The Ultimate Guide to Headless Commerce

The Ultimate Guide to Headless Commerce

There has been a massive increase in e-commerce sales across the world with sales increasing from $4.9 billion in 2021 to $6.4 billion in 2024, which represents 18% of total global retail sales. This boost in e-commerce sales has been largely driven by the COVID-19 pandemic, which led to a digital transformation toward progressive digital experiences.  

However, today consumers personalized shopping experiences that are well-aided by superior customer service. To deliver on these expectations, brands need to rethink their approach to e-commerce, and turning to headless commerce can be a viable solution.

This guide will introduce you to the concept of headless commerce and take you through its various nitty-gritty, focusing on its benefits, drawbacks, overall functioning, and recommending whether or not it’s suited to your business.

So, What Is Headless Commerce?

Headless commerce refers to separating front-end layers of a platform from its back-end layers. The front-end layers involve elements that customers directly engage with like presentation and a site’s layout. The functionality of the site is part of the site’s back-end layers. This dissociation of consumer experiences, collectively known as the “head”, from back-end processes is called headless commerce.

But How Does Headless Commerce Work?

Headless commerce involves the elimination of the traditional pre-defined front-end frameworks and pulling the essential elements from the back-end by using API calls. Since there is no strict framework any longer, it allows platforms to try endless customization.

An increasingly high number of platforms require headless commerce these days. A few such examples include the introduction of buttons to reorder products or devices that rely exclusively on audio such as Google Home or Alexa. The flexibility of headless commerce allows you to not only change and customize the front-end of your platform easily but also deploy one e-commerce backend across various sites and platforms.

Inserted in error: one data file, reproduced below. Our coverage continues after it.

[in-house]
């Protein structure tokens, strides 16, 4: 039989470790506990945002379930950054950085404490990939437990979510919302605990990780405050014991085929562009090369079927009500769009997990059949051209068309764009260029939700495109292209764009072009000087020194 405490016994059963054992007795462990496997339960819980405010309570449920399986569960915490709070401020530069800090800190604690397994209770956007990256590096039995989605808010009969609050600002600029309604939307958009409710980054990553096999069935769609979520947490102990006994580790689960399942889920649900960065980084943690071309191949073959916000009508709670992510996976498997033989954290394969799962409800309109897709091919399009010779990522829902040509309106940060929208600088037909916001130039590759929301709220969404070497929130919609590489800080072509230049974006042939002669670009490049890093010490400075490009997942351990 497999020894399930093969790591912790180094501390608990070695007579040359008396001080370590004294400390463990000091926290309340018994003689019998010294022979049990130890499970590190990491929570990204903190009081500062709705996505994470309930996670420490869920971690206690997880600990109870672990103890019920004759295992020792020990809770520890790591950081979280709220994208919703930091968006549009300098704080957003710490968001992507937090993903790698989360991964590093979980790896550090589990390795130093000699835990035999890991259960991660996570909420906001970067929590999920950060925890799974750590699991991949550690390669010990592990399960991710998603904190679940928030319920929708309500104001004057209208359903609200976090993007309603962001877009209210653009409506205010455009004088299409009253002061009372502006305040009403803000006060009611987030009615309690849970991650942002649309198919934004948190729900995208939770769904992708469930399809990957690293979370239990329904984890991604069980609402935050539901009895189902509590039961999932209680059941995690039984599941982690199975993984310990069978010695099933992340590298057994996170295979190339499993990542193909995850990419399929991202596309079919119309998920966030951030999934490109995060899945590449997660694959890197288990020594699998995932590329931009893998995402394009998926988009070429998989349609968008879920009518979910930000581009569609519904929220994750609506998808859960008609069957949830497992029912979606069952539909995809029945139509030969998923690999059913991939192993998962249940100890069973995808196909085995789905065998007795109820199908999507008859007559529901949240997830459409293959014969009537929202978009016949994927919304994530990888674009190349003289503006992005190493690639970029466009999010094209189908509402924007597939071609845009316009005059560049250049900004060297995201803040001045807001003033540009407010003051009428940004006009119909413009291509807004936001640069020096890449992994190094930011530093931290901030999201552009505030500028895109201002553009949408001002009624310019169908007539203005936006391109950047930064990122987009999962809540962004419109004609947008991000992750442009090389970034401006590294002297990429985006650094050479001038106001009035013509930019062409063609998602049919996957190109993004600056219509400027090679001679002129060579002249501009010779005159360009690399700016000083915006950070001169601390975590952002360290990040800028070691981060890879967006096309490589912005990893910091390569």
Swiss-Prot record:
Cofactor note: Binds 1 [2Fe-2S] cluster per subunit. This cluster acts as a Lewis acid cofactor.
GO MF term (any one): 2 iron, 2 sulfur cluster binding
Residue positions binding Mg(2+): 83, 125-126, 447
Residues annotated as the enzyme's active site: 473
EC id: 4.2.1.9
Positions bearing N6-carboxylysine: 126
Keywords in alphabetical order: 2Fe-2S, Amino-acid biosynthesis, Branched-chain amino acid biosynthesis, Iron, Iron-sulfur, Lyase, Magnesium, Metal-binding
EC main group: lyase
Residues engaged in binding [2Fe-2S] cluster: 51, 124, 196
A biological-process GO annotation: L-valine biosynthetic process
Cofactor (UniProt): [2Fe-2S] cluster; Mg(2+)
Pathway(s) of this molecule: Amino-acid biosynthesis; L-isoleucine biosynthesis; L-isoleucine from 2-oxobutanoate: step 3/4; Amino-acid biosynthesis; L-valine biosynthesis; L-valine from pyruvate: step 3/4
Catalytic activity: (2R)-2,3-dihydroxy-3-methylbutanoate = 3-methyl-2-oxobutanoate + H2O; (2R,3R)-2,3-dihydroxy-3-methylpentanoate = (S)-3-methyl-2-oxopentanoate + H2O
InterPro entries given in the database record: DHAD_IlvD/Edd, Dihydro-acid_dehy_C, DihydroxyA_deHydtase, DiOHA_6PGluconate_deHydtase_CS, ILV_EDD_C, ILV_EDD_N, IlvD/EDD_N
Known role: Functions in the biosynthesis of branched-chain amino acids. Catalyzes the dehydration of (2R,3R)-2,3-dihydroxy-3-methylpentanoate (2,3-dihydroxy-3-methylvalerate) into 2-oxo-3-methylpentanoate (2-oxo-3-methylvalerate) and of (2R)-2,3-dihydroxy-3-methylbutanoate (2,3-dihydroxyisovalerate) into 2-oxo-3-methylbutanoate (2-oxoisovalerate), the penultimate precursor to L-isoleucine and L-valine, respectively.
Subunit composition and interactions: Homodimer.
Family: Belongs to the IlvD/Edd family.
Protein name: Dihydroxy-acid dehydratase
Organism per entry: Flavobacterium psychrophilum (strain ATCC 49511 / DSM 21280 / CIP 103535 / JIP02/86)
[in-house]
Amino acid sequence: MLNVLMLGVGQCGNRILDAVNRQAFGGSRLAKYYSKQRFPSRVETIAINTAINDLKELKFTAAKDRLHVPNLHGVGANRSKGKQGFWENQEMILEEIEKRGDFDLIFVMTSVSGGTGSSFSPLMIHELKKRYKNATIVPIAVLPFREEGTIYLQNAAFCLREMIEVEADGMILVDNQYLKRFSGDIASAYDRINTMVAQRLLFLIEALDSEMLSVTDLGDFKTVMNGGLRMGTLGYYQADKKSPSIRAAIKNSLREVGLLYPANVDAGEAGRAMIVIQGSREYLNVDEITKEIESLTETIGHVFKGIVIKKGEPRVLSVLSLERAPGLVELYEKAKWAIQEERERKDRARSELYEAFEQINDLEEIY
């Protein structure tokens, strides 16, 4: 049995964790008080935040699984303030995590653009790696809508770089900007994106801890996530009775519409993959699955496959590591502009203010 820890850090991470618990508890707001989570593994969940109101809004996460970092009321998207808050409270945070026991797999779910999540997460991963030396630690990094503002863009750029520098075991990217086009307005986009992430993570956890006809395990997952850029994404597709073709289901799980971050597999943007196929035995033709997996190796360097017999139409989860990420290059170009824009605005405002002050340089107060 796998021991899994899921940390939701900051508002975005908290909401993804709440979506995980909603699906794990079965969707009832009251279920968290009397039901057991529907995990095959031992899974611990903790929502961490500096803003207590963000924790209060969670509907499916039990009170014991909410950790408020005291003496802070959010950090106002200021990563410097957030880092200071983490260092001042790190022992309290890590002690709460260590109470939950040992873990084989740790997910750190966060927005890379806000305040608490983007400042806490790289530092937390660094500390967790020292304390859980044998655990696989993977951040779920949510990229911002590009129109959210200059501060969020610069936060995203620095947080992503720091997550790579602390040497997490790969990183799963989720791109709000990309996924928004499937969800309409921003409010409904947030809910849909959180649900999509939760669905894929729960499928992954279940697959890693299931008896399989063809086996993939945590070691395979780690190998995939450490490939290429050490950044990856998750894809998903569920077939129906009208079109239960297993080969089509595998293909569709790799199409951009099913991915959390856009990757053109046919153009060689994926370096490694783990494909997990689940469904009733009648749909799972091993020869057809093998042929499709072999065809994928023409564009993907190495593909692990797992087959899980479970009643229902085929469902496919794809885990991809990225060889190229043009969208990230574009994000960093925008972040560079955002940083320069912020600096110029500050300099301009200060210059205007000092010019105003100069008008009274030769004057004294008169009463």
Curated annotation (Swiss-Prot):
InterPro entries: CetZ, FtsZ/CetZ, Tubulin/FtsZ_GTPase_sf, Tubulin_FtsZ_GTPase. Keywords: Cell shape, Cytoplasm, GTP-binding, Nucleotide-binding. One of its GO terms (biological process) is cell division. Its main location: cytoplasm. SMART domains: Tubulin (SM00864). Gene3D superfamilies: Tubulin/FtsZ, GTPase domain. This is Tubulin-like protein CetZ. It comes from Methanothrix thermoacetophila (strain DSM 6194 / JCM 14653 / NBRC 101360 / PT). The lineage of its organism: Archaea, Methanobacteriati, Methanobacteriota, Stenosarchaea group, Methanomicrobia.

How Does Headless Commerce Differ From Traditional Commerce?

Headless commerce architecture shares quite a few similarities with traditional commerce, albeit a few differences. While headless commerce includes the technical aspects of a product or service purchase, it also facilitates a more customizable user experience. Moreover, updates can be easily and quickly accomplished, and the integration of the back-end across different platforms can be easily achieved.

Advantages of A Headless Commerce Architecture

1. Headless Commerce Makes It Easier to Go Truly Omnichannel

The headless architecture allows retailers to leverage all the currently available channels from Alexa skills to refrigerators with screens and also take advantage of new channels that are yet to emerge.

2. Headless Commerce Makes Customization & Personalization Easier

The flexibility of headless commerce allows retailers to quickly make changes to the front end as and when needed, without requiring their backend team to carry out those changes.

3. Headless Commerce Facilitates Faster Time to Market

In a headless architecture, content and product information are located at the center and can be pushed via API to any platform, thereby, reducing the time taken to push a new product in a market.

4. Headless Commerce Can Boost Your Conversions and Reduce Customer Acquisition Costs (CAC)

Since the headless commerce architecture is much more agile, it allows retailers to run A/B tests to check how they can achieve maximum conversions. Also, it brings down CAC significantly since content-based strategies fetch more organic traffic and decrease the reliance of retailers on paid adverts.

Limitations of A Headless Commerce Architecture

1. Headless Commerce Doesn’t Eliminate Ongoing Costs

Since a front end is no longer available, retailers will need developers to create one for them, which would take a lot of time and money. This can quickly pile up costs if the retailer’s development team is developing front ends for individual channels.

2. The Implementation of A Headless Architecture Is Time Consuming